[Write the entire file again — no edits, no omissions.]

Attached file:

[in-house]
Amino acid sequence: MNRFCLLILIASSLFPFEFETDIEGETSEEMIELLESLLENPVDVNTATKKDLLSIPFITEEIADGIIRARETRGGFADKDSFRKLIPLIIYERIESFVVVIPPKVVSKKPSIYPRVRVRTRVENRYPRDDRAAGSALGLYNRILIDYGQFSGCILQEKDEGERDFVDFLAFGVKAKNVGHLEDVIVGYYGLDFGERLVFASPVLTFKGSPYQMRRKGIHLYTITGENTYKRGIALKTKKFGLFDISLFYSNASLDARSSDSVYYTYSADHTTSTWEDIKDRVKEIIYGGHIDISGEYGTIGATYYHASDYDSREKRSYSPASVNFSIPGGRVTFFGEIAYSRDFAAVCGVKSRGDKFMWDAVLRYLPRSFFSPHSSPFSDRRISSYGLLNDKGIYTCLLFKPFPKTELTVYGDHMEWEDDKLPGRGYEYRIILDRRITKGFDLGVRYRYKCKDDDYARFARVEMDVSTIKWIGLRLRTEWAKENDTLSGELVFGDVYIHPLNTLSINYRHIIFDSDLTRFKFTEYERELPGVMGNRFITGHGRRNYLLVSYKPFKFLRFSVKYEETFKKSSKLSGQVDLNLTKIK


[in-house]
Amino acid sequence: MNRFCLLILIASSLFPFEFETDIEGETSEEMIELLESLLENPVDVNTATKKDLLSIPFITEEIADGIIRARETRGGFADKDSFRKLIPLIIYERIESFVVVIPPKVVSKKPSIYPRVRVRTRVENRYPRDDRAAGSALGLYNRILIDYGQFSGCILQEKDEGERDFVDFLAFGVKAKNVGHLEDVIVGYYGLDFGERLVFASPVLTFKGSPYQMRRKGIHLYTITGENTYKRGIALKTKKFGLFDISLFYSNASLDARSSDSVYYTYSADHTTSTWEDIKDRVKEIIYGGHIDISGEYGTIGATYYHASDYDSREKRSYSPASVNFSIPGGRVTFFGEIAYSRDFAAVCGVKSRGDKFMWDAVLRYLPRSFFSPHSSPFSDRRISSYGLLNDKGIYTCLLFKPFPKTELTVYGDHMEWEDDKLPGRGYEYRIILDRRITKGFDLGVRYRYKCKDDDYARFARVEMDVSTIKWIGLRLRTEWAKENDTLSGELVFGDVYIHPLNTLSINYRHIIFDSDLTRFKFTEYERELPGVMGNRFITGHGRRNYLLVSYKPFKFLRFSVKYEETFKKSSKLSGQVDLNLTKIK